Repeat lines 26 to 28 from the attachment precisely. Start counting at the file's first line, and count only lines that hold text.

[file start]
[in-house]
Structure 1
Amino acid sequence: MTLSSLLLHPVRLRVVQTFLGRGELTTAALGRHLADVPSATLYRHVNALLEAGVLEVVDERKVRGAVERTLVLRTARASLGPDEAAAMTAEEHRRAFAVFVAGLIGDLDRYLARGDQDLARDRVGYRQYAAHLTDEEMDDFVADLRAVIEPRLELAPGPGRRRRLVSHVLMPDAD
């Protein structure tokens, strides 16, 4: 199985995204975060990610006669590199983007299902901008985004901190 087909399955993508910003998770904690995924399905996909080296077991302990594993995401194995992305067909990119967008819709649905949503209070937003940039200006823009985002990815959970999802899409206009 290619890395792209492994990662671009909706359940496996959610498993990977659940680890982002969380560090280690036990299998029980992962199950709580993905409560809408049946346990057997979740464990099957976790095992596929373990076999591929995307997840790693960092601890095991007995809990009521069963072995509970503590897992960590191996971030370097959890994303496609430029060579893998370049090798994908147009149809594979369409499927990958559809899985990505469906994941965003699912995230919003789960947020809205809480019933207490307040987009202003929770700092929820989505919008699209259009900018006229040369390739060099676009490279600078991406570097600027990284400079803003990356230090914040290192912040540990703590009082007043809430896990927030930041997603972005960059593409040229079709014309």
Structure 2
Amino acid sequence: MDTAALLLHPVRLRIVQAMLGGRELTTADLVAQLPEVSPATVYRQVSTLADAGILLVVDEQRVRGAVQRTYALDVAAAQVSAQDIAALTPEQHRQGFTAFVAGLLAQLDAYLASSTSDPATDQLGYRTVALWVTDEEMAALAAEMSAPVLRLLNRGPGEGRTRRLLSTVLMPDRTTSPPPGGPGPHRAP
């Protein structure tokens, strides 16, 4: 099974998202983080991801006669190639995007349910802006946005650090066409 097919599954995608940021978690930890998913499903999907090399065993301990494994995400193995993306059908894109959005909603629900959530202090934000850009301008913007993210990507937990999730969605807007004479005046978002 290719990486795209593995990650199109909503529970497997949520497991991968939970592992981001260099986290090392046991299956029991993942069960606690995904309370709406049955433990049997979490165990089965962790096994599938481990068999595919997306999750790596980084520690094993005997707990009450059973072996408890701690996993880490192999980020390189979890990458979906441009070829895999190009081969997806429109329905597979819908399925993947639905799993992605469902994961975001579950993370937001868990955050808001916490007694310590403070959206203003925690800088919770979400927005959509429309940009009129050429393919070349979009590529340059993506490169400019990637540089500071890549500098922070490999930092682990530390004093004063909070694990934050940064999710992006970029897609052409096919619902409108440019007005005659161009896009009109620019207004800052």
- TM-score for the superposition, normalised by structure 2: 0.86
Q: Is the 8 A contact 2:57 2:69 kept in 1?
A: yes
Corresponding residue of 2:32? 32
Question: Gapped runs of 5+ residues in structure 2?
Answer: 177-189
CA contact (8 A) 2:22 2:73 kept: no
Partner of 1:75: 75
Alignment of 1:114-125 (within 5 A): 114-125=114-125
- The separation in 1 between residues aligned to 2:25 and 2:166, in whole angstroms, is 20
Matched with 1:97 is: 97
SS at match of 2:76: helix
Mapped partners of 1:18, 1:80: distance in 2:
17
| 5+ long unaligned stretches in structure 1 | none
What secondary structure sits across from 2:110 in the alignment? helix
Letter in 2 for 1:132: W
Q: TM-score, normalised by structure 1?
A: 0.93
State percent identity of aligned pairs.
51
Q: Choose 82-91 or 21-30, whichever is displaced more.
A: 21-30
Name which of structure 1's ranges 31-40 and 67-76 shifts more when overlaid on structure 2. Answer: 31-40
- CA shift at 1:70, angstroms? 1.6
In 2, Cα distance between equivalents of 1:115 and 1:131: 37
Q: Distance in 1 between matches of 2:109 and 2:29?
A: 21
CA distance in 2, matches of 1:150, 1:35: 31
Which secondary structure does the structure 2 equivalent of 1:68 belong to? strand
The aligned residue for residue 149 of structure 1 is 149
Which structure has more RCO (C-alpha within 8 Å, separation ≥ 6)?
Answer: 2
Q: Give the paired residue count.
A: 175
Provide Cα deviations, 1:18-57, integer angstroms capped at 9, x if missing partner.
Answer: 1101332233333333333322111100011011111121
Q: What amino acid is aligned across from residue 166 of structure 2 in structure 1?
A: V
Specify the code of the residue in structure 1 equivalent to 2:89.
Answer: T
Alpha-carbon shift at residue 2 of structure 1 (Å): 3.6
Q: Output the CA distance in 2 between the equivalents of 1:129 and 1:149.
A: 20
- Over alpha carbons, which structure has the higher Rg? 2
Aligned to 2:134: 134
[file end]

A: 0.93
State percent identity of aligned pairs.
51